Reports Michael Powell, of the 14 peaks over 8000 m, 13 have been summitted in winter, with the exception of K2 - at 28,251-ft. high it sits in the Karakoram range on the border of Pakistan and China.  Ten Polish climbers hope to make history by reaching the summit next winter.

K2 has never been submitted in winter. 
Krzysztof Wielicki, 67, one of the most accomplished Himalayan climbers alive, will lead the K2 Expedition. Powell writes, "The Polish mountaineers will arrive in late December (2017) and will wait days and weeks and months in hopes that incessant winds will not rend their tents."

Says Adam Bielecki, 34, a candidate to join the K2 winter team, "Climbing is about pleasure and pain  ­- in winter that balance is lost. There's no pleasure to be found in Karakoram in winter. You are uncomfortable every minute of every day.
"But the great emotion of making history, of making an accomplishment no one else did, that is immense, almost spiritual," Bielecki tells the New York Times.
Read the story here:
Explorers Club and Rolex Announce New $50,000 Explorer Grants  
The Rolex Explorer Grants will send extraordinary young explorers into the field and promote the significant role that exploration plays in addressing cutting-edge scientific questions, understanding our environment and the world we live in, and learning more about our history. In 2017 up to five $10,000 grants will be awarded to young explorers age 35 or younger.

Open to all field science disciplines, proposals must contain a field science exploration component and address a novel scientific, environmental, or historic question. In addition to demonstrating a spirit of exploration, candidates must put forward a project or research proposal that has a clear scientific rationale, represents original work, and has the potential for significant impact or new understanding. Fieldwork must be completed by February 28, 2018.
Awardees will be acknowledged at The Explorers Club Annual Dinner in March 2018, and will receive membership in The Explorers Club for the duration of their award.
Deadline: June 5, 2017. To apply Register at:
SPOT, the emergency notification device in the little orange block you see on expeditions and various adventures, announced last month that its products have surpassed a milestone of initiating 5,000 rescues around the world since its launch in 2007. These rescues have taken place on six continents and in over 89 countries. For those of us who travel around the boundaries of cell service, this gizmo can be a lifesaver.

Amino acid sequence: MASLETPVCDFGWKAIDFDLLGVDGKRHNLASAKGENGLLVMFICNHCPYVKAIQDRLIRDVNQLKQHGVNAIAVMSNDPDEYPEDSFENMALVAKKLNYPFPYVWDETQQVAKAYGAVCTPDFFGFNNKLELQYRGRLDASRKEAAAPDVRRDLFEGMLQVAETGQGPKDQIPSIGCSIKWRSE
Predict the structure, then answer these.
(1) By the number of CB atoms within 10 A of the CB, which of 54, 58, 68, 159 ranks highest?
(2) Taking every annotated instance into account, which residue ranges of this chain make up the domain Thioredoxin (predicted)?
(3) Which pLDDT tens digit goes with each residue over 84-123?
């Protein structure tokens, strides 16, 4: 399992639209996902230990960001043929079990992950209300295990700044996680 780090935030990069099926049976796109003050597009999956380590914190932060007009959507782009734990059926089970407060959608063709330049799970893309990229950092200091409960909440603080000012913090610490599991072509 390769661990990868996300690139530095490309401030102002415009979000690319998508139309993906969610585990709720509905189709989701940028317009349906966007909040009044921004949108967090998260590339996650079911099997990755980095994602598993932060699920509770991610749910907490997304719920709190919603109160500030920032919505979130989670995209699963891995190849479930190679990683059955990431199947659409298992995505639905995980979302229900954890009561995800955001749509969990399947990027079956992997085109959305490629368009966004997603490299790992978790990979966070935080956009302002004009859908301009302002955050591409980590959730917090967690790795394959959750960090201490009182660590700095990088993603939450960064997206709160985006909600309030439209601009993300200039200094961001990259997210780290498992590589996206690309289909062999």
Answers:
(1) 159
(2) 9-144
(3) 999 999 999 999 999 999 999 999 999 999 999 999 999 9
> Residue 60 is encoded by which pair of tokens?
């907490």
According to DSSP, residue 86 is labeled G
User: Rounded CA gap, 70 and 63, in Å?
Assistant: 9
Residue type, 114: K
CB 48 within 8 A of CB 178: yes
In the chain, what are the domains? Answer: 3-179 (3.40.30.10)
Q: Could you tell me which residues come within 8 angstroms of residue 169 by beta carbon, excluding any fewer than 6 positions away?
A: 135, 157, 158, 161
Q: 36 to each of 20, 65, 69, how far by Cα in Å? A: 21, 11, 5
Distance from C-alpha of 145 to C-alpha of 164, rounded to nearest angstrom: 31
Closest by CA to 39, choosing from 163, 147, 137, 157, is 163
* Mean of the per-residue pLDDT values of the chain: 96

SPOT sends emergency responders to your GPS location with the push of a button. Past rescues include a lone worker who pressed his S.O.S. after suffering from a seizure while on a logging job site; a man who was transported to a hospital via helicopter after a skiing accident in Switzerland; and a woman who was in a snowmobile accident in Canada and was airlifted after suffering severe injuries.

SPOT to the Rescue - When Garrett Atkinson and a friend were hiking the Four Pass Loop near Aspen two years ago, on the second night, Atkinson spent the entire evening coughing up blood and fighting for every breath. The next day he tried with all his might to walk out but continued to fall after several attempts. He activated his SPOT and within two hours, a helicopter landed and transported Atkinson to the Aspen Hospital where they found he had developed high-altitude sickness and pulmonary edema.
Says Jay Monroe, chief executive officer of SPOT's parent Globalstar, "This 5,000 rescue milestone is a result of the hard work put in by the entire team at Globalstar, our partners at GEOS and the search and rescue community."
For more information:
Film Provides Glimpse of the "Mr. T" of the Sea

Gaelin Rosenwaks and a freshly-caught GT
Fishing for Science: Giant Trevally, a new film by marine scientist and angler Gaelin Rosenwaks, follows the highs and lows of an expedition of marine scientists as they travel to Seychelles, a small group of islands in the Indian Ocean, to study the Giant Trevally (GT), the "Mr. T" of the sea - a fish revered by many cultures and prized by sport fishermen around the globe.